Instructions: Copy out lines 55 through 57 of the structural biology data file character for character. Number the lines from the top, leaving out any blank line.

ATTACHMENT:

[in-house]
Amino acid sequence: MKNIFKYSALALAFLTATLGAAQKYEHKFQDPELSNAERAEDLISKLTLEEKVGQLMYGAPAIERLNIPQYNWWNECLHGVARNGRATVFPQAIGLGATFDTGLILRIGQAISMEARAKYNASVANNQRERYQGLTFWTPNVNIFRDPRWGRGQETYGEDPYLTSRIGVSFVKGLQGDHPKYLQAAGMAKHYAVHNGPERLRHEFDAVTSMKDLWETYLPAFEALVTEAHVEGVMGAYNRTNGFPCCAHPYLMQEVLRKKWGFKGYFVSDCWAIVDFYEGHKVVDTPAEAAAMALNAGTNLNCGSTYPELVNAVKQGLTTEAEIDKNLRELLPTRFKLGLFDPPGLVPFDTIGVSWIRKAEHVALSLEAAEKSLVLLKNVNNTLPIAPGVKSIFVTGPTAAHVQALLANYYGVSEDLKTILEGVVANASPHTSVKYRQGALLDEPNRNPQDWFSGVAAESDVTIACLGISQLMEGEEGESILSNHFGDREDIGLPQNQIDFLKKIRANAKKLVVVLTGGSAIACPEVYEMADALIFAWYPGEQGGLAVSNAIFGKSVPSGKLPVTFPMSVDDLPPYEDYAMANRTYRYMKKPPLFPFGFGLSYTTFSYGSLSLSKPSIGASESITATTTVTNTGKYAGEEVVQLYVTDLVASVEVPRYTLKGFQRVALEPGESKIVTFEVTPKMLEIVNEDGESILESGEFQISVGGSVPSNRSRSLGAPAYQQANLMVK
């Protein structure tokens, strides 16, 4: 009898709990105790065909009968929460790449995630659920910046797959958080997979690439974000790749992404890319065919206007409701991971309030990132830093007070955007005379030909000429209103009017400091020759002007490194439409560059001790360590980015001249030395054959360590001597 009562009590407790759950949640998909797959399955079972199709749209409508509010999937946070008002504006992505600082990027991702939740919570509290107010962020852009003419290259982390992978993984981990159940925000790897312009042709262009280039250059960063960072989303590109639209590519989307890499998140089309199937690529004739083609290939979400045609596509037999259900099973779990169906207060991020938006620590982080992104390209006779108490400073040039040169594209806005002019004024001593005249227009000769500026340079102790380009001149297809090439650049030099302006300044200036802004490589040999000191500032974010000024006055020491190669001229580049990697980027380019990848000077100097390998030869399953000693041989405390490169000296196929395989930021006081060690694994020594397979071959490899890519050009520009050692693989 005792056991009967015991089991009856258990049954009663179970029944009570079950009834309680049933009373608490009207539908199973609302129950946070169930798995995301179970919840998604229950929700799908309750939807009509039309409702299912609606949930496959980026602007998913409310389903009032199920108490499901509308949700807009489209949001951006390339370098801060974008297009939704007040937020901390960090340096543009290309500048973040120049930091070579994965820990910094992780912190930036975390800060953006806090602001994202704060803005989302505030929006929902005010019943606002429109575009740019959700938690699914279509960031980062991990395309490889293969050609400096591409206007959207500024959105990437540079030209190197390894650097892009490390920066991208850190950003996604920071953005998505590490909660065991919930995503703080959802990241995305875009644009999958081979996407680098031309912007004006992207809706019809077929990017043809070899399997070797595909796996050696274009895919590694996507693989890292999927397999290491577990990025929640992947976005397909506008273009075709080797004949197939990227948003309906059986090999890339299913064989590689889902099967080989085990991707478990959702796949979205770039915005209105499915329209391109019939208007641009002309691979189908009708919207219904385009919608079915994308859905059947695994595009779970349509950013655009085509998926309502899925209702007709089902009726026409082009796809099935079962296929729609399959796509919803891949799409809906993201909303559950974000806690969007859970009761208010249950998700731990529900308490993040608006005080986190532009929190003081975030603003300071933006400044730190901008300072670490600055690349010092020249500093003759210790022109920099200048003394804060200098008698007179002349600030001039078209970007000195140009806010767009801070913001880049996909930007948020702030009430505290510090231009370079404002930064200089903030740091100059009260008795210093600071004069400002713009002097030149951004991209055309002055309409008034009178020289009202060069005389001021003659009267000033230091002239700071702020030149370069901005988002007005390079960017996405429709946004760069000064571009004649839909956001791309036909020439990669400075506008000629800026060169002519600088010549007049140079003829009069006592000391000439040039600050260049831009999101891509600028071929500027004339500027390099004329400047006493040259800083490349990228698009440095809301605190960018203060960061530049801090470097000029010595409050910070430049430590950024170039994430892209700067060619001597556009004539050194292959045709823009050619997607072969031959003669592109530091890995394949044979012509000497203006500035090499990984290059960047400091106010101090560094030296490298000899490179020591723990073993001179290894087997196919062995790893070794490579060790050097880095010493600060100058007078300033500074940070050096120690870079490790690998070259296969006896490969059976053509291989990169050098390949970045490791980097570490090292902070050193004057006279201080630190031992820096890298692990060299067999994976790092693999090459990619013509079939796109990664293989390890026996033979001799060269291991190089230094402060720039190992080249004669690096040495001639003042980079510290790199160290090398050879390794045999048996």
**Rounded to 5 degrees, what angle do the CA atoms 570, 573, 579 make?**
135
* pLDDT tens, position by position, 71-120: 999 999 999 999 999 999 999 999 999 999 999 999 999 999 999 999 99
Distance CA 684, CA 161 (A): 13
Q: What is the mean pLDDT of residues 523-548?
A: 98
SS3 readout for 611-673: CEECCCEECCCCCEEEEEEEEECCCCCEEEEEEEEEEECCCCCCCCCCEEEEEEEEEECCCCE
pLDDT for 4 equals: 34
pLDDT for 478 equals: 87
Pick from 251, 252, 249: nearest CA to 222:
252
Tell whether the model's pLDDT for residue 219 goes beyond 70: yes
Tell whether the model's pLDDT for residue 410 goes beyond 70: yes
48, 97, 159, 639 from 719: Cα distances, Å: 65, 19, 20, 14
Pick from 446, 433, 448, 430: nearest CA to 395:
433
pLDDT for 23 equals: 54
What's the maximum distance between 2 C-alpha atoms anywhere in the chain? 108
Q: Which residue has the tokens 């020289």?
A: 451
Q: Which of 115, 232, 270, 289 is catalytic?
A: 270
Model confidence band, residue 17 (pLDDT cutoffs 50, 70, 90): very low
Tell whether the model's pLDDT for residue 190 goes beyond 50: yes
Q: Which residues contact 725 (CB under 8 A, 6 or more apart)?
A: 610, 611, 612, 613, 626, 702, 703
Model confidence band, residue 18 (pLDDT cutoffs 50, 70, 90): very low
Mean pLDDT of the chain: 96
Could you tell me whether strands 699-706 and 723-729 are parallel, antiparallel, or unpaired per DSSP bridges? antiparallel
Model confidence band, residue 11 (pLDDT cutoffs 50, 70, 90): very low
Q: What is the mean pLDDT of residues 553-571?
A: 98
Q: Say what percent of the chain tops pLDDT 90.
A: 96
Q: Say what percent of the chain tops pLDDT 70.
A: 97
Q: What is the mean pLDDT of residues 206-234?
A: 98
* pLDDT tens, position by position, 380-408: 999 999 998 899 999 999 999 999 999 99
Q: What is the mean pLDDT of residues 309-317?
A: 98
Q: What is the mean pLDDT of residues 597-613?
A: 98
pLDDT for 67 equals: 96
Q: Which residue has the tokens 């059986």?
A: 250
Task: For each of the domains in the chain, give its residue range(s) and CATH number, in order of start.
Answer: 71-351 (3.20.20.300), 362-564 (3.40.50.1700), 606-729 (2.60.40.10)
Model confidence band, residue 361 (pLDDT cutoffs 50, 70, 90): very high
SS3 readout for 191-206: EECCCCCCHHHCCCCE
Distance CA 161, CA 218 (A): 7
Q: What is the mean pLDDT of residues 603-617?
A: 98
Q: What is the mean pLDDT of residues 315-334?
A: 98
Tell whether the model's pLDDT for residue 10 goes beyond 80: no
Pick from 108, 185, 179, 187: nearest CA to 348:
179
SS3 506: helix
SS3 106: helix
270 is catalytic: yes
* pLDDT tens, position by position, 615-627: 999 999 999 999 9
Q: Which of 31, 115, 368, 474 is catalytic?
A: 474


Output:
Q: What is the mean pLDDT of residues 603-617?
A: 98
Q: What is the mean pLDDT of residues 315-334?